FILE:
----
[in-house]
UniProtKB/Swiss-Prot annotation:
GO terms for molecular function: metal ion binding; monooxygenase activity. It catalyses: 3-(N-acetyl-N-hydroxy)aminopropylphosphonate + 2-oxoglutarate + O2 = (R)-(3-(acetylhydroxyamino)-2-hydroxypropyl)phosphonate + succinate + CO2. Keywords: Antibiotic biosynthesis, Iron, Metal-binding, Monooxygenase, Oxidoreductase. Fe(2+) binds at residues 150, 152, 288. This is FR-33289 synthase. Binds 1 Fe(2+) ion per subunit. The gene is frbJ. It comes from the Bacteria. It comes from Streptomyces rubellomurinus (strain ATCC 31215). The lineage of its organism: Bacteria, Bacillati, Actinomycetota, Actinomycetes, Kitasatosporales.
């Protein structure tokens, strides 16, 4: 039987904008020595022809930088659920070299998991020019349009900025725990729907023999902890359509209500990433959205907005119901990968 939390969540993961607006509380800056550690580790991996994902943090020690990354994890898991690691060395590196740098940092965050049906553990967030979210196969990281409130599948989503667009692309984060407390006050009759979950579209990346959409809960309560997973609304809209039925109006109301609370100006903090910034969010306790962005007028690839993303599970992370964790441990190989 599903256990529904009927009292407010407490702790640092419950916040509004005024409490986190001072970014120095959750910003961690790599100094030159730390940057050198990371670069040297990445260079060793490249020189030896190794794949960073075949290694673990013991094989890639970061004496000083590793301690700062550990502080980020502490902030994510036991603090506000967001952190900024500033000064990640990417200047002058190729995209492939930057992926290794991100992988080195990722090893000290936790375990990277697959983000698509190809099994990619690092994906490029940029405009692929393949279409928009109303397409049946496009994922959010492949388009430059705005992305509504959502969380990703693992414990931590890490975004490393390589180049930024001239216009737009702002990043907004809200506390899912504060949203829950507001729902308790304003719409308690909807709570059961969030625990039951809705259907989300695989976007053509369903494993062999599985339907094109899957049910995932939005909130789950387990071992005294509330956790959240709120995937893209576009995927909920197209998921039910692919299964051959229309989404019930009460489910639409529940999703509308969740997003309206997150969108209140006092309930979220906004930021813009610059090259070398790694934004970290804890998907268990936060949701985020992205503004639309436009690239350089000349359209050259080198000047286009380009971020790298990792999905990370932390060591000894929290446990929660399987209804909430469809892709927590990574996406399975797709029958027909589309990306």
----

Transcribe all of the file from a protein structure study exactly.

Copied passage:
[in-house]
UniProtKB/Swiss-Prot annotation:
GO terms for molecular function: metal ion binding; monooxygenase activity. It catalyses: 3-(N-acetyl-N-hydroxy)aminopropylphosphonate + 2-oxoglutarate + O2 = (R)-(3-(acetylhydroxyamino)-2-hydroxypropyl)phosphonate + succinate + CO2. Keywords: Antibiotic biosynthesis, Iron, Metal-binding, Monooxygenase, Oxidoreductase. Fe(2+) binds at residues 150, 152, 288. This is FR-33289 synthase. Binds 1 Fe(2+) ion per subunit. The gene is frbJ. It comes from the Bacteria. It comes from Streptomyces rubellomurinus (strain ATCC 31215). The lineage of its organism: Bacteria, Bacillati, Actinomycetota, Actinomycetes, Kitasatosporales.
């Protein structure tokens, strides 16, 4: 039987904008020595022809930088659920070299998991020019349009900025725990729907023999902890359509209500990433959205907005119901990968 939390969540993961607006509380800056550690580790991996994902943090020690990354994890898991690691060395590196740098940092965050049906553990967030979210196969990281409130599948989503667009692309984060407390006050009759979950579209990346959409809960309560997973609304809209039925109006109301609370100006903090910034969010306790962005007028690839993303599970992370964790441990190989 599903256990529904009927009292407010407490702790640092419950916040509004005024409490986190001072970014120095959750910003961690790599100094030159730390940057050198990371670069040297990445260079060793490249020189030896190794794949960073075949290694673990013991094989890639970061004496000083590793301690700062550990502080980020502490902030994510036991603090506000967001952190900024500033000064990640990417200047002058190729995209492939930057992926290794991100992988080195990722090893000290936790375990990277697959983000698509190809099994990619690092994906490029940029405009692929393949279409928009109303397409049946496009994922959010492949388009430059705005992305509504959502969380990703693992414990931590890490975004490393390589180049930024001239216009737009702002990043907004809200506390899912504060949203829950507001729902308790304003719409308690909807709570059961969030625990039951809705259907989300695989976007053509369903494993062999599985339907094109899957049910995932939005909130789950387990071992005294509330956790959240709120995937893209576009995927909920197209998921039910692919299964051959229309989404019930009460489910639409529940999703509308969740997003309206997150969108209140006092309930979220906004930021813009610059090259070398790694934004970290804890998907268990936060949701985020992205503004639309436009690239350089000349359209050259080198000047286009380009971020790298990792999905990370932390060591000894929290446990929660399987209804909430469809892709927590990574996406399975797709029958027909589309990306």